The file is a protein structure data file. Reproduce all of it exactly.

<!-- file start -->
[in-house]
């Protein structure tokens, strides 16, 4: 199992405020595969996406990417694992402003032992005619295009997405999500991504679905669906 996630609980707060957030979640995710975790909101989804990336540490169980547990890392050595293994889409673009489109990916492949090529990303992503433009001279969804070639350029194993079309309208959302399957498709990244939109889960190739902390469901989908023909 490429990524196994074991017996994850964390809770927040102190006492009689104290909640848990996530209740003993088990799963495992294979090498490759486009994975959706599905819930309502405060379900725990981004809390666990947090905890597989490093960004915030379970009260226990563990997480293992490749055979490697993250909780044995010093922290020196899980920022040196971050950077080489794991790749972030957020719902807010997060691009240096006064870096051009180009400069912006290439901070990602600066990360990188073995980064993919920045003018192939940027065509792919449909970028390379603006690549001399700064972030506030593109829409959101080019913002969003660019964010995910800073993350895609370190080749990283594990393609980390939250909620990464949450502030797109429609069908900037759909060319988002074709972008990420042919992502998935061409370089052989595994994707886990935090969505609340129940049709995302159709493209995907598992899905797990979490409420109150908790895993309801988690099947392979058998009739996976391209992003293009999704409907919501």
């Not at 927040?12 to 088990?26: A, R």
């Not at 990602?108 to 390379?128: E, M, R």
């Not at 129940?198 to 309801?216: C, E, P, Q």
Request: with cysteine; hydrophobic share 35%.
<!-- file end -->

[in-house]
């Protein structure tokens, strides 16, 4: 199992405020595969996406990417694992402003032992005619295009997405999500991504679905669906 996630609980707060957030979640995710975790909101989804990336540490169980547990890392050595293994889409673009489109990916492949090529990303992503433009001279969804070639350029194993079309309208959302399957498709990244939109889960190739902390469901989908023909 490429990524196994074991017996994850964390809770927040102190006492009689104290909640848990996530209740003993088990799963495992294979090498490759486009994975959706599905819930309502405060379900725990981004809390666990947090905890597989490093960004915030379970009260226990563990997480293992490749055979490697993250909780044995010093922290020196899980920022040196971050950077080489794991790749972030957020719902807010997060691009240096006064870096051009180009400069912006290439901070990602600066990360990188073995980064993919920045003018192939940027065509792919449909970028390379603006690549001399700064972030506030593109829409959101080019913002969003660019964010995910800073993350895609370190080749990283594990393609980390939250909620990464949450502030797109429609069908900037759909060319988002074709972008990420042919992502998935061409370089052989595994994707886990935090969505609340129940049709995302159709493209995907598992899905797990979490409420109150908790895993309801988690099947392979058998009739996976391209992003293009999704409907919501």
């Not at 927040?12 to 088990?26: A, R």
């Not at 990602?108 to 390379?128: E, M, R």
């Not at 129940?198 to 309801?216: C, E, P, Q």
Request: with cysteine; hydrophobic share 35%.